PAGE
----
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FreeBSD Basics

Read The Friendly Manpage! -- A Tutorial

10/04/2000

There are few things more frustrating to the FreeBSD novice than to be told to RTFM (Read The Friendly Manual), especially since the "F" does not always represent the word Friendly. Everyone quickly learns that they should always RTFM, but there are very few resources available to tell a novice "how" to find the information they need in the manual. Unless you've managed to befriend a very patient Unix guru, the fine art of manpage reading is learned through painful trial and error.

Most of the files that came with your FreeBSD system have explanations of their usage in the manual, which has been divided into sections to help categorize the different types of files. The man utility is used to format and display the section pertaining to the file in question. To find out what sections are available, type:

whatis intro
intro(1) - introduction to general commands (tools and utilities)
intro(2) - introduction to system calls and error numbers
intro(3) - introduction to the C libraries
intro(4) - introduction to devices and device drivers
intro(5) - introduction to file formats
intro(6) - introduction to games
intro(7) - miscellaneous information pages
intro(8) - introduction to system maintenance and operation commands
intro(9) - introduction to system kernel interfaces

Here you can see that the manual has been divided into 9 sections or categories. For example, section (1) deals with commands used by users, whereas section (8) deals with the commands or daemons used by your FreeBSD system. If you wish to read a bit more detail on the sections, type:

man 1 intro
man 2 intro

and so on for a quick explanation of what types of information are contained in each section of the manual.

Knowing the different sections of the manual is important, as some files have information in more than one section of the manual. Unfortunately, if you just type:

man name_of_file

you will only be taken to the first section that exists for that file; if that file has entries in more than one section of the manual, they will not be displayed unless you specify the section for the man utility, like this:

man (number) name_of_file

Try this:

man who
WHO(1)  FreeBSD General Commands Manual  WHO(1)

man utmp
UTMP(5) FreeBSD File Formats Manual     UTMP(5)

man init
INIT(8) FreeBSD System Manager's Manual INIT(8)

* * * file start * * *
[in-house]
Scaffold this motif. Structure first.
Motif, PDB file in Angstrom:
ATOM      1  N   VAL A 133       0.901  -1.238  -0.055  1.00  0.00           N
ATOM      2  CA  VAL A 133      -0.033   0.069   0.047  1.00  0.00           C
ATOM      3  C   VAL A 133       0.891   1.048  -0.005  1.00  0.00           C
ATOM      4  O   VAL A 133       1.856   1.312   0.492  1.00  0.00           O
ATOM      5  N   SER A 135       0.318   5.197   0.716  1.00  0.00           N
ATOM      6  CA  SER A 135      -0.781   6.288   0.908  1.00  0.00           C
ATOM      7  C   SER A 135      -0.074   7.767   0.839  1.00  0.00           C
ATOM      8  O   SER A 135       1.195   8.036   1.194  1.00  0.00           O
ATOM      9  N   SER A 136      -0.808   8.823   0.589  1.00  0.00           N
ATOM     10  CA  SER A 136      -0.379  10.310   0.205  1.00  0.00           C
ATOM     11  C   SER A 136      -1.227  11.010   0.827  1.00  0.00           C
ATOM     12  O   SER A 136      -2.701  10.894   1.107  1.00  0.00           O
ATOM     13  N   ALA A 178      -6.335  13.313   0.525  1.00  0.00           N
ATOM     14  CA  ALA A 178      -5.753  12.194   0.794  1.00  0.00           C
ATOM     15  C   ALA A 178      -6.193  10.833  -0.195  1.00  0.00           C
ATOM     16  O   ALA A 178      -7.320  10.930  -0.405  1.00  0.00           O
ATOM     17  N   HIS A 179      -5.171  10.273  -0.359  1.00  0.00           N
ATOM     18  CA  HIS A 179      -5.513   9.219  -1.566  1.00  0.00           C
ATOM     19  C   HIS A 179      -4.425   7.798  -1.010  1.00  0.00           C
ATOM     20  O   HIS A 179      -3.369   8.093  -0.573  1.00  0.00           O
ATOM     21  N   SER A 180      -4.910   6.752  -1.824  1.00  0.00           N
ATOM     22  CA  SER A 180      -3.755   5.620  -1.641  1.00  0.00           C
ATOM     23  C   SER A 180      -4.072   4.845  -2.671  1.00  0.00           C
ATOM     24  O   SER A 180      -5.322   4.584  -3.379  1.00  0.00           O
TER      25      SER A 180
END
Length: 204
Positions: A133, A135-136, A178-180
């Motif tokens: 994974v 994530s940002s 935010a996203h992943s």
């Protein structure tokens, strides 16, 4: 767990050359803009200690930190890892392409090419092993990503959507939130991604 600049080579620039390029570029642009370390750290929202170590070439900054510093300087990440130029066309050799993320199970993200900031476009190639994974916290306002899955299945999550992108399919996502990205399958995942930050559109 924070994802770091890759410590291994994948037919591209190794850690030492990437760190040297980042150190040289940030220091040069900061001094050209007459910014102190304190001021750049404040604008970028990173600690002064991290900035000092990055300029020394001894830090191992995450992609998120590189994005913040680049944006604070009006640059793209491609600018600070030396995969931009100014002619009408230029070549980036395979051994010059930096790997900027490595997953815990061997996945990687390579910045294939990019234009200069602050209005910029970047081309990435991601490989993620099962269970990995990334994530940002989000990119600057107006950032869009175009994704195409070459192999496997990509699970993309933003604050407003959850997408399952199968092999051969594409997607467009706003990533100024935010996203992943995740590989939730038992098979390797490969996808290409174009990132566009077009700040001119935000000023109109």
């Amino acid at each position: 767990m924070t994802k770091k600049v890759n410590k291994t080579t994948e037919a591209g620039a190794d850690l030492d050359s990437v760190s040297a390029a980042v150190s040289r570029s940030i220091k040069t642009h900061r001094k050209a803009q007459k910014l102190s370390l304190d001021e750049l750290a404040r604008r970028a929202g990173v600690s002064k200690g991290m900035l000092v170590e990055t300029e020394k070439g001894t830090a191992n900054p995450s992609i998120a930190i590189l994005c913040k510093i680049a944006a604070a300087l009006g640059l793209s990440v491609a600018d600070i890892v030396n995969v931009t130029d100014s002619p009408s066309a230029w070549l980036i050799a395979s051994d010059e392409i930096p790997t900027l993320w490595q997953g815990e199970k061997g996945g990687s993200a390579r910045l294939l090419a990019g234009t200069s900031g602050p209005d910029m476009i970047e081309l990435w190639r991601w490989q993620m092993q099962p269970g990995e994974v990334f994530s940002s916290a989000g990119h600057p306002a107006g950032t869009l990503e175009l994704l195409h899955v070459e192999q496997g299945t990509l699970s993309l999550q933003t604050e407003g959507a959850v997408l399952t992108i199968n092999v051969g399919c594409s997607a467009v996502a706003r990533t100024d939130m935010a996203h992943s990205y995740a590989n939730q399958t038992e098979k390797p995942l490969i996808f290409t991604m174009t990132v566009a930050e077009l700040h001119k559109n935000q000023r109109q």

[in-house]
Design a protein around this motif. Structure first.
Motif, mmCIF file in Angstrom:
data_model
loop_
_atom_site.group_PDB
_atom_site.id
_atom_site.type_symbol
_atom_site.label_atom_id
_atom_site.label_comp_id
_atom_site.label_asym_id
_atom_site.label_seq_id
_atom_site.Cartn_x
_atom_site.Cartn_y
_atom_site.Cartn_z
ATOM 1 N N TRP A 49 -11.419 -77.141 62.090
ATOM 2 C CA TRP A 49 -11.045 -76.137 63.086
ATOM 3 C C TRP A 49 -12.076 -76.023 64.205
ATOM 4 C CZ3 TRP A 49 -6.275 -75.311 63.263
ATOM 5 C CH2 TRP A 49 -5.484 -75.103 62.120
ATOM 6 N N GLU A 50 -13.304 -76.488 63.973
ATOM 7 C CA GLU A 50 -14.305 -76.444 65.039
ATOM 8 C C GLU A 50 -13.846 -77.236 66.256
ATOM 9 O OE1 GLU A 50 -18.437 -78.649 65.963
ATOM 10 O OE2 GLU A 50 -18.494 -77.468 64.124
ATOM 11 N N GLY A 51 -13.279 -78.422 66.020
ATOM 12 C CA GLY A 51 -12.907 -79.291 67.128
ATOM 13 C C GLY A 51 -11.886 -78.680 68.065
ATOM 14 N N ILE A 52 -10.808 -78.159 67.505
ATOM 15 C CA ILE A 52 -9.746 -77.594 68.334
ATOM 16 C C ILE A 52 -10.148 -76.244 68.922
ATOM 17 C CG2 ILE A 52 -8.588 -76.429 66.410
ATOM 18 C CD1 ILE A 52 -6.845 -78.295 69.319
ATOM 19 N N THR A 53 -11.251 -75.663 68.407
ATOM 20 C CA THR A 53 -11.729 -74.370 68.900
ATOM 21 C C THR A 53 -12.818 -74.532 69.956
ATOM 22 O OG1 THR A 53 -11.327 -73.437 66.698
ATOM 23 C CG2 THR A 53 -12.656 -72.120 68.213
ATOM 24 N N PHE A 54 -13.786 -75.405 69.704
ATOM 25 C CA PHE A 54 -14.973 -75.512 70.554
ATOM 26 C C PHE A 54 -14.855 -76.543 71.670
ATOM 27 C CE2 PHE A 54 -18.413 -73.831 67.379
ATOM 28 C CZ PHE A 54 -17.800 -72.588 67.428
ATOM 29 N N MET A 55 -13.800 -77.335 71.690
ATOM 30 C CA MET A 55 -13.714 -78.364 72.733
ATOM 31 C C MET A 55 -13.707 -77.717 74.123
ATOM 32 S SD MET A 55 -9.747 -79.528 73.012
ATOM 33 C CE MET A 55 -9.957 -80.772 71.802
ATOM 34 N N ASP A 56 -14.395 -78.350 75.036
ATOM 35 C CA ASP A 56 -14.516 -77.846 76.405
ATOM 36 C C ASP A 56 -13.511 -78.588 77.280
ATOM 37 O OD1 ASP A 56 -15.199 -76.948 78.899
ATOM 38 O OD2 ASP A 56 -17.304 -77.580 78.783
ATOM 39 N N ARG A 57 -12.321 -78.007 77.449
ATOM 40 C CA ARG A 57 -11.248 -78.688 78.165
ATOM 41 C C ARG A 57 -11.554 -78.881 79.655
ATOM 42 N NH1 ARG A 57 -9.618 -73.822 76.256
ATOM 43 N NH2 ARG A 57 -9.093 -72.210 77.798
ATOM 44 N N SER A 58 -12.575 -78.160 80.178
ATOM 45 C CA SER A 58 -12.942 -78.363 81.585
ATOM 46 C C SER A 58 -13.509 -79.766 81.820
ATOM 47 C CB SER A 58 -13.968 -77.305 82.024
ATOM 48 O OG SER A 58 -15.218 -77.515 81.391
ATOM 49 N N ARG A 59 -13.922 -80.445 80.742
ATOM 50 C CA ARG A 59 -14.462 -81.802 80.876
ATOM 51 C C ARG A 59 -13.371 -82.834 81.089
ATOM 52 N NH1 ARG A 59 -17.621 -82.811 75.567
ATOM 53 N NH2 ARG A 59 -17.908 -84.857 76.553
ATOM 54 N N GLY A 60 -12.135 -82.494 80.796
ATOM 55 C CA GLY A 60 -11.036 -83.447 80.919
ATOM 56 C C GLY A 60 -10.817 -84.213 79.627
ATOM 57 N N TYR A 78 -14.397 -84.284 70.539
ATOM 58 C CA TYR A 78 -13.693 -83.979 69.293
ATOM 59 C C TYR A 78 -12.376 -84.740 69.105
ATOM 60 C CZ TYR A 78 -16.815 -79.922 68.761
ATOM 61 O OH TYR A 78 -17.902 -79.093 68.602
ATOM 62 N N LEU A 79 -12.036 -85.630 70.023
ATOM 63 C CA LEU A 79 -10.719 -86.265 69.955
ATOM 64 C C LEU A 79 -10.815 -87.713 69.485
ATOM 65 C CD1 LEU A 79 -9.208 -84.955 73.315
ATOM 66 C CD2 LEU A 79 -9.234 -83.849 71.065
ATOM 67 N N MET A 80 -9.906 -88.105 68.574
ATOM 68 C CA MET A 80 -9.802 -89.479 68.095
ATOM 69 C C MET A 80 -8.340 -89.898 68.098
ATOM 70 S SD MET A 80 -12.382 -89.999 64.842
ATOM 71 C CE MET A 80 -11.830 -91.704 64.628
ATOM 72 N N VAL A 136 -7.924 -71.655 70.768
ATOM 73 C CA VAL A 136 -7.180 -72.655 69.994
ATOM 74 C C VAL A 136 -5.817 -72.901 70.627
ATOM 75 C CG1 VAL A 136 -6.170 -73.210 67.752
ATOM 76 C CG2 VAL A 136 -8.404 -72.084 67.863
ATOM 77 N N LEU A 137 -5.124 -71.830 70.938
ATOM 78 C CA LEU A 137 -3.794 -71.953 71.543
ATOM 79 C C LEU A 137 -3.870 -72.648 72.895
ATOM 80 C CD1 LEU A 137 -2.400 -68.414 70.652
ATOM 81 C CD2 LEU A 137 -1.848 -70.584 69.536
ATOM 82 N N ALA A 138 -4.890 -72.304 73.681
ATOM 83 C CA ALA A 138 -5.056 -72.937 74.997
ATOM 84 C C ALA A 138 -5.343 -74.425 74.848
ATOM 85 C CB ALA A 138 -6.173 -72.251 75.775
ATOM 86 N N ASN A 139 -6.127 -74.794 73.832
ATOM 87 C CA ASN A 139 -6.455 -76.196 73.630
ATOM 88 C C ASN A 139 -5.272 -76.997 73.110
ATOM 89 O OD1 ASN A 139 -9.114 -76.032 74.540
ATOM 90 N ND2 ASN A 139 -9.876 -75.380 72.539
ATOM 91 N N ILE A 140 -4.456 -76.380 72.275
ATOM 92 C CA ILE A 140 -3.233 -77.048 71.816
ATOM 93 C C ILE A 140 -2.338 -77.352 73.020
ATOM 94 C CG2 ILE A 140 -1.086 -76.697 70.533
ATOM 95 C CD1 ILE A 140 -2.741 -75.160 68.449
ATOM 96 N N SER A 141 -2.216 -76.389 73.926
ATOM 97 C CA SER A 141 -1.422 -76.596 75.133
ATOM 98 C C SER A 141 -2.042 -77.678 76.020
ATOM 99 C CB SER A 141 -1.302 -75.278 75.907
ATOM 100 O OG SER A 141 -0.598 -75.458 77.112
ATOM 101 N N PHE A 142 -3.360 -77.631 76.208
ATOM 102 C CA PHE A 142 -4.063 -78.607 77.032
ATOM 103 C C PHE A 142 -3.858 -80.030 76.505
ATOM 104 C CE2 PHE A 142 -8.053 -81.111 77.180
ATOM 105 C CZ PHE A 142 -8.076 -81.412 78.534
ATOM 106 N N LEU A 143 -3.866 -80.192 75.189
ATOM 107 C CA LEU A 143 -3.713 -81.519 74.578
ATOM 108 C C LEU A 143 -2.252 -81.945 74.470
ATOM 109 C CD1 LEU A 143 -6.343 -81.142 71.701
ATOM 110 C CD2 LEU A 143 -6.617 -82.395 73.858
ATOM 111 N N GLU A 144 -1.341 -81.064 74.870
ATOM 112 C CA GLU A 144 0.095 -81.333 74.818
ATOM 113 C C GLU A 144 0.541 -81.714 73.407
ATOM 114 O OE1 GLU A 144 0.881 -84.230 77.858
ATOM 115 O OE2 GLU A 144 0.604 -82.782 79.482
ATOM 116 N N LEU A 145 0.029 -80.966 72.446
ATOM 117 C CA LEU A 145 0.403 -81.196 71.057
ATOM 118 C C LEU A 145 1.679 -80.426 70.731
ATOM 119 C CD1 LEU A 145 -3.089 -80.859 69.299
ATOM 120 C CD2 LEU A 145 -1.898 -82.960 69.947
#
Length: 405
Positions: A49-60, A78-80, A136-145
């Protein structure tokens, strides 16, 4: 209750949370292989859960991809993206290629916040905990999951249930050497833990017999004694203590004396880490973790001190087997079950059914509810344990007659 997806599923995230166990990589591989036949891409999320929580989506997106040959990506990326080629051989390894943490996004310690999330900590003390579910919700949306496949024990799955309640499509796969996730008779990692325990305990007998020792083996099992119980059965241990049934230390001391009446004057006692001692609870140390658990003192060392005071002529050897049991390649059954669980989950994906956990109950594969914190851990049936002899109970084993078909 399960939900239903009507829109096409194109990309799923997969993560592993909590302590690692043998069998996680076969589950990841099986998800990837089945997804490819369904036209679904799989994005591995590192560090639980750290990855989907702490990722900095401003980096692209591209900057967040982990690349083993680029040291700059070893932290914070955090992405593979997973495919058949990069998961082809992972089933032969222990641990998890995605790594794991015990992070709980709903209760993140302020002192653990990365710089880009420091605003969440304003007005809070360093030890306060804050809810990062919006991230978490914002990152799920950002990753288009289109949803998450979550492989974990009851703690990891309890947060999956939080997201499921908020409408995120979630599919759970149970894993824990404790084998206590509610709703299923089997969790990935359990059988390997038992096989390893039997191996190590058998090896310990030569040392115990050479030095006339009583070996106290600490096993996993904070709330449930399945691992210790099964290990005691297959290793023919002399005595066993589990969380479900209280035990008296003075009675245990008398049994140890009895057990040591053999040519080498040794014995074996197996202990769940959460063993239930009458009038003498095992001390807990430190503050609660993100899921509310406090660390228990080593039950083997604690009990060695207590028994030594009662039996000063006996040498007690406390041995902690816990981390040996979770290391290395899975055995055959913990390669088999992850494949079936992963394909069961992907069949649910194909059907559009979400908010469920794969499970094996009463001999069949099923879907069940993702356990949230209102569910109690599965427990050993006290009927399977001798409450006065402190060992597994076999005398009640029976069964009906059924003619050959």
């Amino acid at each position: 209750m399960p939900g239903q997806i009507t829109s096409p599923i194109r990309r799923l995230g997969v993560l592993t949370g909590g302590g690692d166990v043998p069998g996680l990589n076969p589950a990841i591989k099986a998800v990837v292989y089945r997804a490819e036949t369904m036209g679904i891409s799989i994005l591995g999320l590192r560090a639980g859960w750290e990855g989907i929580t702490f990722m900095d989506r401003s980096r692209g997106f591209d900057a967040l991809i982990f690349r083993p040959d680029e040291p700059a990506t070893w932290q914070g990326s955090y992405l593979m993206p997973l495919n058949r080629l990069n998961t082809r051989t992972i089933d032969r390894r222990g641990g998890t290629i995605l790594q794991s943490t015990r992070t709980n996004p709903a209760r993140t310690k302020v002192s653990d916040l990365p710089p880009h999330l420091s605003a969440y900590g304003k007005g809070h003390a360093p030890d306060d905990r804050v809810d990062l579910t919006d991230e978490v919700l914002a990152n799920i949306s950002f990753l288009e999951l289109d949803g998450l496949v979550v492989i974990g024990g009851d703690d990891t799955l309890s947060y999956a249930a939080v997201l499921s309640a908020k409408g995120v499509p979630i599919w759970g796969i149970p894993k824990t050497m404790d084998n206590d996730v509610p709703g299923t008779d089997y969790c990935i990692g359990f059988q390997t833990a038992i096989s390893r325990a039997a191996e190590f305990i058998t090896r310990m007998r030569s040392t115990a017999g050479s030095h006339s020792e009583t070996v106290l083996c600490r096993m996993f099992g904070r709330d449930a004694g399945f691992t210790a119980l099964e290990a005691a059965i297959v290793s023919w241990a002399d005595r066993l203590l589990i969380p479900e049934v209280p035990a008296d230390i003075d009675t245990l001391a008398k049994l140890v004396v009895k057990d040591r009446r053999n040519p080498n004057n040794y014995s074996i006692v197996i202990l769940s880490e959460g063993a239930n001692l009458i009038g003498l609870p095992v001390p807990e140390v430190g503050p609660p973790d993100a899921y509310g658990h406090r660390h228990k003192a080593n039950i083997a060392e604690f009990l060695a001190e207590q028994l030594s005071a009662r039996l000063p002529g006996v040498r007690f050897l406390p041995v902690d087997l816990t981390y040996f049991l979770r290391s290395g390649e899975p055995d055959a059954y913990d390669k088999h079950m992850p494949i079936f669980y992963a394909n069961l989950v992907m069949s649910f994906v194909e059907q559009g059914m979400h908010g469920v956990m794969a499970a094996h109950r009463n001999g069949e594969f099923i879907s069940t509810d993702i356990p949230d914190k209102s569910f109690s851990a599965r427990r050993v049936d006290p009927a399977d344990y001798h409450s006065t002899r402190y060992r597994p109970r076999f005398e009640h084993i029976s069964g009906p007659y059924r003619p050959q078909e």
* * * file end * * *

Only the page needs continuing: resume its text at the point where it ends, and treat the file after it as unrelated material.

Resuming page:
Here we did not specify which section to open for the above three files, but the man utility automatically displayed the first section dealing with each file. It would appear that the first section dealing with utmp is section 5; to prove this to yourself, try:

man 1 utmp
No entry for utmp in section 1 of the manual
man 2 utmp
No entry for utmp in section 2 of the manual
man 3 utmp
No entry for utmp in section 3 of the manual
man 4 utmp
No entry for utmp in section 4 of the manual
man 5 utmp
UTMP(5)  FreeBSD File Formats Manual  UTMP(5)

If you're really bored, you can try the same exercise with the init file.

When the man utility displays a section of the manual for a specified file, it uses distinct headings that are formatted in boldface print. Let's open up a manpage and examine these headings in more detail:

man who
WHO(1)  FreeBSD General Commands Manual  WHO(1)

Again, notice that the very first line in every manpage indicates which section of the manual you are reading.

NAME
  who - display who is logged in

The first heading of every manpage is NAME. Whenever you use the whatis command, every NAME heading in the manual is scanned and those files whose NAME matches your query are displayed on your terminal like this:

whatis who
biff(1) - be notified if mail arrives and who it is from
from(1) - print names of those who have sent mail
rusers(1) - who is logged in to machines on local network
rwho(1) - who is logged in on local machines
w(1) - display who is logged in and what they are doing
who(1) - display who is logged in

Note that our query for who matched both the name and description of every manpage containing the word "who" in the NAME heading.

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